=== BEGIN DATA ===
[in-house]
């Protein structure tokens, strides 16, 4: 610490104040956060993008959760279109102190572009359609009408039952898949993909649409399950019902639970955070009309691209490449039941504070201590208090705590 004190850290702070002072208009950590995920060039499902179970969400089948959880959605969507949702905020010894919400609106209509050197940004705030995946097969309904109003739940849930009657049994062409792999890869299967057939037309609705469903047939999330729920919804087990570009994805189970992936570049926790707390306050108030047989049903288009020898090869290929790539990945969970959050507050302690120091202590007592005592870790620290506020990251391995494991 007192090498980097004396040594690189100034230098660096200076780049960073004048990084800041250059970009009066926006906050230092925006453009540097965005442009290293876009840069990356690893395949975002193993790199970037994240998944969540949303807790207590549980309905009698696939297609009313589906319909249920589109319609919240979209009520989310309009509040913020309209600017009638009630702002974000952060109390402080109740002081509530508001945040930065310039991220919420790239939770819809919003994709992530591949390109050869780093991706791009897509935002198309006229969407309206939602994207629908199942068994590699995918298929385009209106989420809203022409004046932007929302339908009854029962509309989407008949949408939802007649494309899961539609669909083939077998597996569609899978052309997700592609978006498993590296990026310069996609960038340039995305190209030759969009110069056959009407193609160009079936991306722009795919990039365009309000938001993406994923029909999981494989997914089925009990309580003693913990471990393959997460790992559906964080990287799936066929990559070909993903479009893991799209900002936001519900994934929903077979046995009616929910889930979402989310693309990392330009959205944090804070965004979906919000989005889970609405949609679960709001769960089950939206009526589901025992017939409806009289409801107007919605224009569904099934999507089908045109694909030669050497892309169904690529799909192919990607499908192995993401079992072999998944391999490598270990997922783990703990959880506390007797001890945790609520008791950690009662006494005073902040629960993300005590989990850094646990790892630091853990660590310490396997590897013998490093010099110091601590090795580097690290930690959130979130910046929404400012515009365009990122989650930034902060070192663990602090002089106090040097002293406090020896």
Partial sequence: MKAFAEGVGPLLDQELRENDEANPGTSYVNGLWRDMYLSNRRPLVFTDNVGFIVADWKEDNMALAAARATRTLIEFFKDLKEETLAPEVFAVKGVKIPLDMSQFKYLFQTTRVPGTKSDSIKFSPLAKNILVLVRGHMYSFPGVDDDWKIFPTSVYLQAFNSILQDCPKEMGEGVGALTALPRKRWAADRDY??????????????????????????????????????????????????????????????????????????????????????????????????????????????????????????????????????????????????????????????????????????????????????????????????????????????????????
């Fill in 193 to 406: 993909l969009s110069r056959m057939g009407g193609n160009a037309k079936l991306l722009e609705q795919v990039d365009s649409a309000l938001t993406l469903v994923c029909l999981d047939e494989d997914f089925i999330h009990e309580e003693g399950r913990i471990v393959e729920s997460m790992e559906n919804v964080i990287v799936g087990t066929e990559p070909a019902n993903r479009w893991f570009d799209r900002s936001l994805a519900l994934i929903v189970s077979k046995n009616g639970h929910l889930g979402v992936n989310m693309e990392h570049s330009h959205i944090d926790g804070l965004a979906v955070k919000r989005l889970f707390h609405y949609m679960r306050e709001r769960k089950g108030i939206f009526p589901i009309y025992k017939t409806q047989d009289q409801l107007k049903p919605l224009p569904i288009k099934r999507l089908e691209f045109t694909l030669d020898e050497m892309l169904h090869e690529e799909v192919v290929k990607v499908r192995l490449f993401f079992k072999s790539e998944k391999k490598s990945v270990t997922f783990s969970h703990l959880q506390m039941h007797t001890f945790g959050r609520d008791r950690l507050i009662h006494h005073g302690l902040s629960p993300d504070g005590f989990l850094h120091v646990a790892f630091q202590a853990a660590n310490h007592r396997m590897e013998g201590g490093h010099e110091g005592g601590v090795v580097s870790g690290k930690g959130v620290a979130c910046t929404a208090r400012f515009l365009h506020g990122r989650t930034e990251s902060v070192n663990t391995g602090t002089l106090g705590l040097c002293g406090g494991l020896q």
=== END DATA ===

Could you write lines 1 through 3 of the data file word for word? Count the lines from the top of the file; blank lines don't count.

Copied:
[in-house]
């Protein structure tokens, strides 16, 4: 610490104040956060993008959760279109102190572009359609009408039952898949993909649409399950019902639970955070009309691209490449039941504070201590208090705590 004190850290702070002072208009950590995920060039499902179970969400089948959880959605969507949702905020010894919400609106209509050197940004705030995946097969309904109003739940849930009657049994062409792999890869299967057939037309609705469903047939999330729920919804087990570009994805189970992936570049926790707390306050108030047989049903288009020898090869290929790539990945969970959050507050302690120091202590007592005592870790620290506020990251391995494991 007192090498980097004396040594690189100034230098660096200076780049960073004048990084800041250059970009009066926006906050230092925006453009540097965005442009290293876009840069990356690893395949975002193993790199970037994240998944969540949303807790207590549980309905009698696939297609009313589906319909249920589109319609919240979209009520989310309009509040913020309209600017009638009630702002974000952060109390402080109740002081509530508001945040930065310039991220919420790239939770819809919003994709992530591949390109050869780093991706791009897509935002198309006229969407309206939602994207629908199942068994590699995918298929385009209106989420809203022409004046932007929302339908009854029962509309989407008949949408939802007649494309899961539609669909083939077998597996569609899978052309997700592609978006498993590296990026310069996609960038340039995305190209030759969009110069056959009407193609160009079936991306722009795919990039365009309000938001993406994923029909999981494989997914089925009990309580003693913990471990393959997460790992559906964080990287799936066929990559070909993903479009893991799209900002936001519900994934929903077979046995009616929910889930979402989310693309990392330009959205944090804070965004979906919000989005889970609405949609679960709001769960089950939206009526589901025992017939409806009289409801107007919605224009569904099934999507089908045109694909030669050497892309169904690529799909192919990607499908192995993401079992072999998944391999490598270990997922783990703990959880506390007797001890945790609520008791950690009662006494005073902040629960993300005590989990850094646990790892630091853990660590310490396997590897013998490093010099110091601590090795580097690290930690959130979130910046929404400012515009365009990122989650930034902060070192663990602090002089106090040097002293406090020896």
Partial sequence: MKAFAEGVGPLLDQELRENDEANPGTSYVNGLWRDMYLSNRRPLVFTDNVGFIVADWKEDNMALAAARATRTLIEFFKDLKEETLAPEVFAVKGVKIPLDMSQFKYLFQTTRVPGTKSDSIKFSPLAKNILVLVRGHMYSFPGVDDDWKIFPTSVYLQAFNSILQDCPKEMGEGVGALTALPRKRWAADRDY??????????????????????????????????????????????????????????????????????????????????????????????????????????????????????????????????????????????????????????????????????????????????????????????????????????????????????